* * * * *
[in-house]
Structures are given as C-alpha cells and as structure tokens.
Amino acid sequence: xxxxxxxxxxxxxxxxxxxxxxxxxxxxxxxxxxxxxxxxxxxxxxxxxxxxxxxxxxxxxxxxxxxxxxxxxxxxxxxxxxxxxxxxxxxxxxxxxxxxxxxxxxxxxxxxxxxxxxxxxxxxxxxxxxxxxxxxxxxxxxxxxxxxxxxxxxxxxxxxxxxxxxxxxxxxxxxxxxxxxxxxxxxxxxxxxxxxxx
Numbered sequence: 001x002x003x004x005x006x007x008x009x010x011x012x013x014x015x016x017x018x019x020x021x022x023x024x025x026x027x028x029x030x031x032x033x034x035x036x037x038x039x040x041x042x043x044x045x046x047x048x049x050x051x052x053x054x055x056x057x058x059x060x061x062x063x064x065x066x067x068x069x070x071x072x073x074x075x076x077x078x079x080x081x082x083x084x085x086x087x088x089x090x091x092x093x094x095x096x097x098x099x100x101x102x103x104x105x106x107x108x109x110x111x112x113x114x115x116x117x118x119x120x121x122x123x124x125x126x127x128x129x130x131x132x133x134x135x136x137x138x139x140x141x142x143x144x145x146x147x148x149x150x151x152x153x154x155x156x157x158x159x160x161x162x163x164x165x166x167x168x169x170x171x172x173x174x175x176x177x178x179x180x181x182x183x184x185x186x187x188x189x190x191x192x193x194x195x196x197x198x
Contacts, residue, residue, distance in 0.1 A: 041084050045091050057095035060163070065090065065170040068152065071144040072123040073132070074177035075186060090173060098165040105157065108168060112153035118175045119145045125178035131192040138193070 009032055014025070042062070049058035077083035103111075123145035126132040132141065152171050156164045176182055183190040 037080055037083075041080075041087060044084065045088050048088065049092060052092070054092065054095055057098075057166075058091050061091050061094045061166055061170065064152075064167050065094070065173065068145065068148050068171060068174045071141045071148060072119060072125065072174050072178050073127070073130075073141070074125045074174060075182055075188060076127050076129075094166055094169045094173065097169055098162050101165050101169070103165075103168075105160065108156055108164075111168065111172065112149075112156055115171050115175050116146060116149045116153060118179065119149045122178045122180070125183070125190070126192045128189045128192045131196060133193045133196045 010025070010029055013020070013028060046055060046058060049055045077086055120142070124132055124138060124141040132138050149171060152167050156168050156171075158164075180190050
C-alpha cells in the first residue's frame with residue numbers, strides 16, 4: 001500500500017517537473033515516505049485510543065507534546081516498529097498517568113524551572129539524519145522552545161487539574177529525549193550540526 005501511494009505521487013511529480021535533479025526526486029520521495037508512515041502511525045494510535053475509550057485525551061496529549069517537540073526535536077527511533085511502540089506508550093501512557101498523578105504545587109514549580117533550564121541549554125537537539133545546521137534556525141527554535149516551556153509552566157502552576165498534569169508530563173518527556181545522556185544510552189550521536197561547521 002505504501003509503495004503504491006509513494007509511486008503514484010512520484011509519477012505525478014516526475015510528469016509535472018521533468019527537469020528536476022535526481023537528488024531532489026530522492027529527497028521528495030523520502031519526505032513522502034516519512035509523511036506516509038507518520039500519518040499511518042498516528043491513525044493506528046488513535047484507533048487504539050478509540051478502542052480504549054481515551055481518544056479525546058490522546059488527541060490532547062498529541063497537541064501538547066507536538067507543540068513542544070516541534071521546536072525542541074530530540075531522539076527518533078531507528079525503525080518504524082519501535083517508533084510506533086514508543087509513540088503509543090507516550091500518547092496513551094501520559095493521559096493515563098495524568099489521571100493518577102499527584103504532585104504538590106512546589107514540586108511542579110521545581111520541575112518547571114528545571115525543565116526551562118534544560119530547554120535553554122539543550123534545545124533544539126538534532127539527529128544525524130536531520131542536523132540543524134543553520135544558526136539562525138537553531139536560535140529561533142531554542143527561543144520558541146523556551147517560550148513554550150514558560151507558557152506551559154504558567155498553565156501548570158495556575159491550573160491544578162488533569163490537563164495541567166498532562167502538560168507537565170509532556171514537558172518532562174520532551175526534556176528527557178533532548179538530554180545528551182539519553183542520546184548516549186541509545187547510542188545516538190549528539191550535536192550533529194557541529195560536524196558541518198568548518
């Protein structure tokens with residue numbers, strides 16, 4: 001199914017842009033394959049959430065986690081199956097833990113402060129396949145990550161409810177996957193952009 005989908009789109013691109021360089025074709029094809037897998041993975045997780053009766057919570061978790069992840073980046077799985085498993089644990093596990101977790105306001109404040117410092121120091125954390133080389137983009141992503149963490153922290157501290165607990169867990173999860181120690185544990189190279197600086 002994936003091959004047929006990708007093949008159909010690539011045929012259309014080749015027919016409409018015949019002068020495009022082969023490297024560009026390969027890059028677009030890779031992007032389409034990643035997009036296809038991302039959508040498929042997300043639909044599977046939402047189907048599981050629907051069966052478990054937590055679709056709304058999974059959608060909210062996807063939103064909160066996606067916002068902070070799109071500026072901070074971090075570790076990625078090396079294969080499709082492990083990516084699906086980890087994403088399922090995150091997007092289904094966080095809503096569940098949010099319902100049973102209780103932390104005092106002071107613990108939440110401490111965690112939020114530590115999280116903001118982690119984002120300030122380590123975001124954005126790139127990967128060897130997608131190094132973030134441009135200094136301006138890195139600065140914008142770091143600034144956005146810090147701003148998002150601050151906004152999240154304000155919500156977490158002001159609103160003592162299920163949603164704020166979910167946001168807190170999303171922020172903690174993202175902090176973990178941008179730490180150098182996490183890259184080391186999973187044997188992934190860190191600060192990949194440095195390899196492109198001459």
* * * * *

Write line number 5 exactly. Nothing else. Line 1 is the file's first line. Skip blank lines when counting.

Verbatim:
Contacts, residue, residue, distance in 0.1 A: 041084050045091050057095035060163070065090065065170040068152065071144040072123040073132070074177035075186060090173060098165040105157065108168060112153035118175045119145045125178035131192040138193070 009032055014025070042062070049058035077083035103111075123145035126132040132141065152171050156164045176182055183190040 037080055037083075041080075041087060044084065045088050048088065049092060052092070054092065054095055057098075057166075058091050061091050061094045061166055061170065064152075064167050065094070065173065068145065068148050068171060068174045071141045071148060072119060072125065072174050072178050073127070073130075073141070074125045074174060075182055075188060076127050076129075094166055094169045094173065097169055098162050101165050101169070103165075103168075105160065108156055108164075111168065111172065112149075112156055115171050115175050116146060116149045116153060118179065119149045122178045122180070125183070125190070126192045128189045128192045131196060133193045133196045 010025070010029055013020070013028060046055060046058060049055045077086055120142070124132055124138060124141040132138050149171060152167050156168050156171075158164075180190050